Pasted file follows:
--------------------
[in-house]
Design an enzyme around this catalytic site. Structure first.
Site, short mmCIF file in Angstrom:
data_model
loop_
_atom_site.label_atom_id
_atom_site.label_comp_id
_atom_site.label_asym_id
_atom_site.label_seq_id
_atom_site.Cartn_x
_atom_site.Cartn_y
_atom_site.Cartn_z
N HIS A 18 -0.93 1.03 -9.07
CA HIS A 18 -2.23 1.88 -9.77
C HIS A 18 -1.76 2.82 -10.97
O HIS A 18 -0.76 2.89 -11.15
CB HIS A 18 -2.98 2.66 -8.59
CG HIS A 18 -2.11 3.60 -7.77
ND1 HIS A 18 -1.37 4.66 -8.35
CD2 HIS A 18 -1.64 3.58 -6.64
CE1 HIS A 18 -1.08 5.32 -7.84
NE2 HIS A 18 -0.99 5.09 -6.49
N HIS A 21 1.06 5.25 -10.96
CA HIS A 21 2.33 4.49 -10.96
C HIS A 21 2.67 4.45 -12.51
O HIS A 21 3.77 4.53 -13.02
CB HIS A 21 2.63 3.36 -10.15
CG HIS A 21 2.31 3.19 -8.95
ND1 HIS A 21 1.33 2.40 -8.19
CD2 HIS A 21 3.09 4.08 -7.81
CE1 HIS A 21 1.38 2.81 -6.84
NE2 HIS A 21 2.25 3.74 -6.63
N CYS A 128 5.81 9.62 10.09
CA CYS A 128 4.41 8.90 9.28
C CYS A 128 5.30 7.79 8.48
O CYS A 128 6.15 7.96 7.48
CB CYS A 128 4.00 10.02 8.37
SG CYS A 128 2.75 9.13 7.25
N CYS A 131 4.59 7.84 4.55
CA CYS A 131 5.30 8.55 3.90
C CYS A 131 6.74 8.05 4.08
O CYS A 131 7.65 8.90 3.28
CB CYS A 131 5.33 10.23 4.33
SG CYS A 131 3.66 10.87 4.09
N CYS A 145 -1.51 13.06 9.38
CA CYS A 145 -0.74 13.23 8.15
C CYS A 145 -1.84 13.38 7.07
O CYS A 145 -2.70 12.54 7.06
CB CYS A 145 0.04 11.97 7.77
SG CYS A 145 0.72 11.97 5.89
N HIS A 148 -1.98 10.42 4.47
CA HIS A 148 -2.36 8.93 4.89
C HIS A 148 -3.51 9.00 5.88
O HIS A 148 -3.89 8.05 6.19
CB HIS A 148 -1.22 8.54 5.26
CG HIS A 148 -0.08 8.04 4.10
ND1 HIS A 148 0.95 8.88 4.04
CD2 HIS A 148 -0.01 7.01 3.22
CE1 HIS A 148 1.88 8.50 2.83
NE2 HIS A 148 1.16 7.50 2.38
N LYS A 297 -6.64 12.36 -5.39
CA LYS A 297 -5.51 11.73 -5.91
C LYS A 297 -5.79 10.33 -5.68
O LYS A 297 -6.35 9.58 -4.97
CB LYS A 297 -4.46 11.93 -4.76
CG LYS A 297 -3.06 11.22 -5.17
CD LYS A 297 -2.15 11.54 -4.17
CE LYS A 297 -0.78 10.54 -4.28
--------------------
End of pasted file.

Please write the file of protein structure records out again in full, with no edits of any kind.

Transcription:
[in-house]
Design an enzyme around this catalytic site. Structure first.
Site, short mmCIF file in Angstrom:
data_model
loop_
_atom_site.label_atom_id
_atom_site.label_comp_id
_atom_site.label_asym_id
_atom_site.label_seq_id
_atom_site.Cartn_x
_atom_site.Cartn_y
_atom_site.Cartn_z
N HIS A 18 -0.93 1.03 -9.07
CA HIS A 18 -2.23 1.88 -9.77
C HIS A 18 -1.76 2.82 -10.97
O HIS A 18 -0.76 2.89 -11.15
CB HIS A 18 -2.98 2.66 -8.59
CG HIS A 18 -2.11 3.60 -7.77
ND1 HIS A 18 -1.37 4.66 -8.35
CD2 HIS A 18 -1.64 3.58 -6.64
CE1 HIS A 18 -1.08 5.32 -7.84
NE2 HIS A 18 -0.99 5.09 -6.49
N HIS A 21 1.06 5.25 -10.96
CA HIS A 21 2.33 4.49 -10.96
C HIS A 21 2.67 4.45 -12.51
O HIS A 21 3.77 4.53 -13.02
CB HIS A 21 2.63 3.36 -10.15
CG HIS A 21 2.31 3.19 -8.95
ND1 HIS A 21 1.33 2.40 -8.19
CD2 HIS A 21 3.09 4.08 -7.81
CE1 HIS A 21 1.38 2.81 -6.84
NE2 HIS A 21 2.25 3.74 -6.63
N CYS A 128 5.81 9.62 10.09
CA CYS A 128 4.41 8.90 9.28
C CYS A 128 5.30 7.79 8.48
O CYS A 128 6.15 7.96 7.48
CB CYS A 128 4.00 10.02 8.37
SG CYS A 128 2.75 9.13 7.25
N CYS A 131 4.59 7.84 4.55
CA CYS A 131 5.30 8.55 3.90
C CYS A 131 6.74 8.05 4.08
O CYS A 131 7.65 8.90 3.28
CB CYS A 131 5.33 10.23 4.33
SG CYS A 131 3.66 10.87 4.09
N CYS A 145 -1.51 13.06 9.38
CA CYS A 145 -0.74 13.23 8.15
C CYS A 145 -1.84 13.38 7.07
O CYS A 145 -2.70 12.54 7.06
CB CYS A 145 0.04 11.97 7.77
SG CYS A 145 0.72 11.97 5.89
N HIS A 148 -1.98 10.42 4.47
CA HIS A 148 -2.36 8.93 4.89
C HIS A 148 -3.51 9.00 5.88
O HIS A 148 -3.89 8.05 6.19
CB HIS A 148 -1.22 8.54 5.26
CG HIS A 148 -0.08 8.04 4.10
ND1 HIS A 148 0.95 8.88 4.04
CD2 HIS A 148 -0.01 7.01 3.22
CE1 HIS A 148 1.88 8.50 2.83
NE2 HIS A 148 1.16 7.50 2.38
N LYS A 297 -6.64 12.36 -5.39
CA LYS A 297 -5.51 11.73 -5.91
C LYS A 297 -5.79 10.33 -5.68
O LYS A 297 -6.35 9.58 -4.97
CB LYS A 297 -4.46 11.93 -4.76
CG LYS A 297 -3.06 11.22 -5.17
CD LYS A 297 -2.15 11.54 -4.17
CE LYS A 297 -0.78 10.54 -4.28